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Konsentus solution supports checking of Open Banking Implementation Entity (OBIE) issued certificates

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Konsentus solution supports checking of Open Banking Implementation Entity (OBIE) issued certificates

Konsentus today confirms that its Third-Party Provider (TPP) identity and regulatory checking solution can verify and validate the identity of TPPs who have been issued with Open Banking Implementation Entity (OBIE) Directory issued certificates, as well as those who have been issued with eIDAS certificates by Qualified Trust Service Providers (QTSP) in accordance with PSD2.

Konsentus, provides TPP identity and regulatory checking services to help Financial Institutions comply with PSD2 Open Banking. The Konsentus solution consolidates data in real-time across a multitude of databases and registers to ensure Financial Institutions only ever provide data to TPPs who are regulated and have customers’ explicit consent to use their data.

The identity checking element of the Konsentus service is based on the validation of a TPP’s eIDAS certificate.

The OBIE Directory Certificate Authority mimics the behaviour of a QTSP with the certificates they issue, therefore Konsentus can validate the certificates in the same way as it does for the QTSP issued certificates.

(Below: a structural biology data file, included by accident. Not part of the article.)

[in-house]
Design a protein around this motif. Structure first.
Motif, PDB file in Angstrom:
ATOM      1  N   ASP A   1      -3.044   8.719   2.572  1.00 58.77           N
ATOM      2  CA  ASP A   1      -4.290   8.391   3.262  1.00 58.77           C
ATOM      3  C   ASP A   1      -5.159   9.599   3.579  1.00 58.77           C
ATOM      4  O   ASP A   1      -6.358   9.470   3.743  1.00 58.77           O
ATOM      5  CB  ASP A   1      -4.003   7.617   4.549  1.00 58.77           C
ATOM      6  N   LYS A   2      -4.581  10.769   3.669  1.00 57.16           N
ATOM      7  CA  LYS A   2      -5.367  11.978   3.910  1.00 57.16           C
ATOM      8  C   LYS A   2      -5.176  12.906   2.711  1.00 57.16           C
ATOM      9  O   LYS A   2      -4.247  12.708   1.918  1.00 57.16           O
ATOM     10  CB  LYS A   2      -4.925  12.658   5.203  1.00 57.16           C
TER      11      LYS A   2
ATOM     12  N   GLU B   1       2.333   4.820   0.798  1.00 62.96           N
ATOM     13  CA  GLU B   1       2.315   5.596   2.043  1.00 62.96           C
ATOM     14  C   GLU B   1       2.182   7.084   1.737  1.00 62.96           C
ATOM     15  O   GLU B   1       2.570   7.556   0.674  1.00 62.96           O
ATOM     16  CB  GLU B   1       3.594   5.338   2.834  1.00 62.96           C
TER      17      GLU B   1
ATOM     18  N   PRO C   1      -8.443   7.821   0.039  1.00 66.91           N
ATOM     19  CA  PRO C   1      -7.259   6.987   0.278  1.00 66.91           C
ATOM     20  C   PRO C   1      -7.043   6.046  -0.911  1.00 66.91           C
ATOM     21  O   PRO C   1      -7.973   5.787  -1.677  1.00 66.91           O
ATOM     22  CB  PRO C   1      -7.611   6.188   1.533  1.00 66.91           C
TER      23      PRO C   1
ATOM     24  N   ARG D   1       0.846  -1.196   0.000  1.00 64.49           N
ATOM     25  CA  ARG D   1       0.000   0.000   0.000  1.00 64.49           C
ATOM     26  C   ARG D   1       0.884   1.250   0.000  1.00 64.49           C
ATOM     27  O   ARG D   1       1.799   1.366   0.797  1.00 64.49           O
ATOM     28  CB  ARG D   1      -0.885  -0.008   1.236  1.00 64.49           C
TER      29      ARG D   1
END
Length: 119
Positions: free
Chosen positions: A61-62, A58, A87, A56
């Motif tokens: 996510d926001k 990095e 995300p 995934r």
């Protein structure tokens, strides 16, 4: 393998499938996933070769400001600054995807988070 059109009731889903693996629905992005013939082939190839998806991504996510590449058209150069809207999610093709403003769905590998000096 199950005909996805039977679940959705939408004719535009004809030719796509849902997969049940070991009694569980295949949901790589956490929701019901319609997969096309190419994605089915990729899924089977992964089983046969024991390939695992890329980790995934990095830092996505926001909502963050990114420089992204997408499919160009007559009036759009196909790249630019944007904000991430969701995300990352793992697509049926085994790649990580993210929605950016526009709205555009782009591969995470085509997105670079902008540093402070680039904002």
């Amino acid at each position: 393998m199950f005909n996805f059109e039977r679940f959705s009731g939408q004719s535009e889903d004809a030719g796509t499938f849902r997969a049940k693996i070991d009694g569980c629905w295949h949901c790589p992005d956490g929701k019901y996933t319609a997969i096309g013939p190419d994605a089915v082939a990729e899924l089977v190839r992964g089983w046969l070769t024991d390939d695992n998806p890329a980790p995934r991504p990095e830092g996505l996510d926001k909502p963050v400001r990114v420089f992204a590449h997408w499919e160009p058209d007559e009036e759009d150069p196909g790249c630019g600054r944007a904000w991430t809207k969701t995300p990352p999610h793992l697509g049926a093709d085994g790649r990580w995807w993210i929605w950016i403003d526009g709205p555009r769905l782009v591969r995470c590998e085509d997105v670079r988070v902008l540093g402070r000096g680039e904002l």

With access to the OBIE Directory root keys, the Konsentus platform can check and validate the identity of TPPs to securely interact with Financial Institutions who have implemented the OBIE API read/write specifications, in the same way that it does for TPPs using eIDAS certificates. The response, provided to the Financial Institution, will indicate that the certificate was issued by the OBIE Directory as opposed to a QTSP.

Mike Woods, CEO Konsentus commented “Our solution can verify and validate a TPP regardless of whether they are using an eIDAS certificate or an OBIE issued certificate to identify themselves. Financial Institutions across the EEA can be confident that our plug and play SaaS solution is quick and easy to implement, helping them identity potentially fraudulent TPPs, therefore reducing risk and mitigating fraud”.

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